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Open Access Publications from the University of California

Well-Being in the Age of COVID-19: The Role of Social Distancing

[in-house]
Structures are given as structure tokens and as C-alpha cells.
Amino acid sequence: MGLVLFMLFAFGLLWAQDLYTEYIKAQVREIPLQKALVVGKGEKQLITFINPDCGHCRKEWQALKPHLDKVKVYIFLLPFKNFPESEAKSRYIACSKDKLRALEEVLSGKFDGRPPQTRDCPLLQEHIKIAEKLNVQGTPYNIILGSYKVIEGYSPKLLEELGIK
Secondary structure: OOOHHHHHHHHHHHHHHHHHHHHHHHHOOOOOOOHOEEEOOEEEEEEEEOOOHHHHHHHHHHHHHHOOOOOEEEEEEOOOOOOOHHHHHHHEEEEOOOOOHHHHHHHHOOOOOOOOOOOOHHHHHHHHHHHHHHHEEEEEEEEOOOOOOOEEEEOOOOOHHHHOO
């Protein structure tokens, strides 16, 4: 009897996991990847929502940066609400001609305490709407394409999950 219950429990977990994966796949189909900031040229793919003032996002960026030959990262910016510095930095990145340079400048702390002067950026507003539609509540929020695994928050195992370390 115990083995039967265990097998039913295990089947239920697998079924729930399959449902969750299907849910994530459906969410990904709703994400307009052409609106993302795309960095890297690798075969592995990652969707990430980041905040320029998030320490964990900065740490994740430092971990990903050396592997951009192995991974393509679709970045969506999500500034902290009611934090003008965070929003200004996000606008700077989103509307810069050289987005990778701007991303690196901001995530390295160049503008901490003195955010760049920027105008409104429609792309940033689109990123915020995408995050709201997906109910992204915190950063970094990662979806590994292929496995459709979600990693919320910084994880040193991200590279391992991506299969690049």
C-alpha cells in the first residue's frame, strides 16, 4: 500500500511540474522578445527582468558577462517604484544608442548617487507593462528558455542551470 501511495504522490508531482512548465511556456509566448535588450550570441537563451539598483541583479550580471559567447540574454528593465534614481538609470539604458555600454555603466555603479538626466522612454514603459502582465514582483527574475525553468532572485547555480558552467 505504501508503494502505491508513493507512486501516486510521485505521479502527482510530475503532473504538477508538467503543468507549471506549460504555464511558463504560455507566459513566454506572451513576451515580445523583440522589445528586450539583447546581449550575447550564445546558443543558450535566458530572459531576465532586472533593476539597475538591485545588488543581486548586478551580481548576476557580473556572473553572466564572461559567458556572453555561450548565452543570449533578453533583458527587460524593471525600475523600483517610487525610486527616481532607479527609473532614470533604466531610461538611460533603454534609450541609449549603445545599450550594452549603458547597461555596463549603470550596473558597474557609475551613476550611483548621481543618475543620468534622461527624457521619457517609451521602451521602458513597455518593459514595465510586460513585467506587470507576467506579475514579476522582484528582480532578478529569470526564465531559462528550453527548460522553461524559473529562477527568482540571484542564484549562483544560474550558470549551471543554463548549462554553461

In March of 2020, the World Health Organization declared COVID-19 an international public health emergency. In an attempt to slow the spread of COVID-19, the CDC recommended implementing social distancing practices. In this study (N = 732), we examined self-reported indicators of social distancing (e.g., avoiding physical contact, declining social gatherings), duration of social distancing (in days), and the number of times participants went outside in the past week as simultaneous predictors of various measures of well-being (i.e., loneliness, emotional states). When controlling for overall satisfaction of life, findings suggested that individuals who reported higher levels of social distancing also reported more negative emotions, less positive emotions, and more anxiety symptoms. Surprisingly, individuals who reported higher levels of social distancing reported less loneliness. Individuals who reported going outside more often also indicated less loneliness, fewer depressive symptoms, and fewer anxiety symptoms. These findings suggest that social distancing practices play a substantial but nuanced role in well-being in the context of the COVID-19 pandemic.

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